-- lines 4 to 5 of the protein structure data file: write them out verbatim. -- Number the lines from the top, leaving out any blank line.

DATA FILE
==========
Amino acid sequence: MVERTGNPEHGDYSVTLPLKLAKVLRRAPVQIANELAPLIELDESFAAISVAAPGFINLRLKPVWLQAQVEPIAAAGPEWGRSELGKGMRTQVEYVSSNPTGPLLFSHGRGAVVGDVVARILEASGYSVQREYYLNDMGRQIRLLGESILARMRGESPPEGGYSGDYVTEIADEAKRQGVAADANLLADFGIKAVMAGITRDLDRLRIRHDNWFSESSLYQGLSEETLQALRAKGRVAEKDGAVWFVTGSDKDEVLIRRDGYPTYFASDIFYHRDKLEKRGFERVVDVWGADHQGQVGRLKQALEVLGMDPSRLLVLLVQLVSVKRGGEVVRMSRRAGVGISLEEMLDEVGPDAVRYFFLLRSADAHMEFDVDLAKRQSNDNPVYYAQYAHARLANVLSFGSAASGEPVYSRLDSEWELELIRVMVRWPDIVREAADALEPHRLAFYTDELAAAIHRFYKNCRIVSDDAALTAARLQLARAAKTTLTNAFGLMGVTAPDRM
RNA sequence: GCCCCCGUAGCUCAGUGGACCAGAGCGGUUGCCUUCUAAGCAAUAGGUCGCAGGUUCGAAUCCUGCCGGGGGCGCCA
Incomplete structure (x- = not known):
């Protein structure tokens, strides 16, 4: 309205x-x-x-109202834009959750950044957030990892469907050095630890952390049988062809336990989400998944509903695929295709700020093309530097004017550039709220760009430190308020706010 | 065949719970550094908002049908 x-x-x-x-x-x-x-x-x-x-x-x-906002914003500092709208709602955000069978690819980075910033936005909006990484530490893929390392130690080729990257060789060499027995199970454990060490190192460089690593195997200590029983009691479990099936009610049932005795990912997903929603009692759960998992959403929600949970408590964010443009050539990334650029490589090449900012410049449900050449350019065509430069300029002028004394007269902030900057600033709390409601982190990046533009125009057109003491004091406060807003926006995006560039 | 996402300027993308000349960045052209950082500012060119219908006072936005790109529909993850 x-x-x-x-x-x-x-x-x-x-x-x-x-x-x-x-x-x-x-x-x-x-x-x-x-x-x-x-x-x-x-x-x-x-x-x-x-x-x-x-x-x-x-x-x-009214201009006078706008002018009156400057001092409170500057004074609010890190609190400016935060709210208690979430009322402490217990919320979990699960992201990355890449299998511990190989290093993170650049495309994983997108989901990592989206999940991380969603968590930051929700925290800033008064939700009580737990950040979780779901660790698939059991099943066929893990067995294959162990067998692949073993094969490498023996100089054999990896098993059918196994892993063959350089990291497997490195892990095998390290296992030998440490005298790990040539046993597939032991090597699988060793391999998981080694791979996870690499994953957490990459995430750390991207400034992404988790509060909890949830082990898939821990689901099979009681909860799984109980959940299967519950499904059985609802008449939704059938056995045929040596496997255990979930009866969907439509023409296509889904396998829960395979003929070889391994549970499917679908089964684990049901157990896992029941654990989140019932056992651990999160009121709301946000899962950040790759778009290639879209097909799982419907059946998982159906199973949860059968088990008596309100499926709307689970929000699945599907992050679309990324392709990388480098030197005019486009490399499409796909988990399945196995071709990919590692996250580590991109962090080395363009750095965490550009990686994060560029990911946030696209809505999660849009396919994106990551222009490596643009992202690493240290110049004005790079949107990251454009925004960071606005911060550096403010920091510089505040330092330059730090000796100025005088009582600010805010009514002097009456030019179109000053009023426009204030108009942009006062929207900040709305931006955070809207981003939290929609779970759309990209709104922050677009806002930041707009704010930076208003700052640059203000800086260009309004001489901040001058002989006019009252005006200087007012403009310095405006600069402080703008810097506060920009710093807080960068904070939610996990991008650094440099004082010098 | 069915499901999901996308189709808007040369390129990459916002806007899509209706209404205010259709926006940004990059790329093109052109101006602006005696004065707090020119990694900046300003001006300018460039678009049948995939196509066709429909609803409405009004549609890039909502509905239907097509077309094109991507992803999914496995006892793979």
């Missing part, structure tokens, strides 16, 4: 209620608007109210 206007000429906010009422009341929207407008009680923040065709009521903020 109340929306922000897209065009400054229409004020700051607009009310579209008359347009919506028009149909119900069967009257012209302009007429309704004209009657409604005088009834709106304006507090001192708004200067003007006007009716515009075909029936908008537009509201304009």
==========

């Protein structure tokens, strides 16, 4: 309205x-x-x-109202834009959750950044957030990892469907050095630890952390049988062809336990989400998944509903695929295709700020093309530097004017550039709220760009430190308020706010 | 065949719970550094908002049908 x-x-x-x-x-x-x-x-x-x-x-x-906002914003500092709208709602955000069978690819980075910033936005909006990484530490893929390392130690080729990257060789060499027995199970454990060490190192460089690593195997200590029983009691479990099936009610049932005795990912997903929603009692759960998992959403929600949970408590964010443009050539990334650029490589090449900012410049449900050449350019065509430069300029002028004394007269902030900057600033709390409601982190990046533009125009057109003491004091406060807003926006995006560039 | 996402300027993308000349960045052209950082500012060119219908006072936005790109529909993850 x-x-x-x-x-x-x-x-x-x-x-x-x-x-x-x-x-x-x-x-x-x-x-x-x-x-x-x-x-x-x-x-x-x-x-x-x-x-x-x-x-x-x-x-x-009214201009006078706008002018009156400057001092409170500057004074609010890190609190400016935060709210208690979430009322402490217990919320979990699960992201990355890449299998511990190989290093993170650049495309994983997108989901990592989206999940991380969603968590930051929700925290800033008064939700009580737990950040979780779901660790698939059991099943066929893990067995294959162990067998692949073993094969490498023996100089054999990896098993059918196994892993063959350089990291497997490195892990095998390290296992030998440490005298790990040539046993597939032991090597699988060793391999998981080694791979996870690499994953957490990459995430750390991207400034992404988790509060909890949830082990898939821990689901099979009681909860799984109980959940299967519950499904059985609802008449939704059938056995045929040596496997255990979930009866969907439509023409296509889904396998829960395979003929070889391994549970499917679908089964684990049901157990896992029941654990989140019932056992651990999160009121709301946000899962950040790759778009290639879209097909799982419907059946998982159906199973949860059968088990008596309100499926709307689970929000699945599907992050679309990324392709990388480098030197005019486009490399499409796909988990399945196995071709990919590692996250580590991109962090080395363009750095965490550009990686994060560029990911946030696209809505999660849009396919994106990551222009490596643009992202690493240290110049004005790079949107990251454009925004960071606005911060550096403010920091510089505040330092330059730090000796100025005088009582600010805010009514002097009456030019179109000053009023426009204030108009942009006062929207900040709305931006955070809207981003939290929609779970759309990209709104922050677009806002930041707009704010930076208003700052640059203000800086260009309004001489901040001058002989006019009252005006200087007012403009310095405006600069402080703008810097506060920009710093807080960068904070939610996990991008650094440099004082010098 | 069915499901999901996308189709808007040369390129990459916002806007899509209706209404205010259709926006940004990059790329093109052109101006602006005696004065707090020119990694900046300003001006300018460039678009049948995939196509066709429909609803409405009004549609890039909502509905239907097509077309094109991507992803999914496995006892793979």
């Missing part, structure tokens, strides 16, 4: 209620608007109210 206007000429906010009422009341929207407008009680923040065709009521903020 109340929306922000897209065009400054229409004020700051607009009310579209008359347009919506028009149909119900069967009257012209302009007429309704004209009657409604005088009834709106304006507090001192708004200067003007006007009716515009075909029936908008537009509201304009």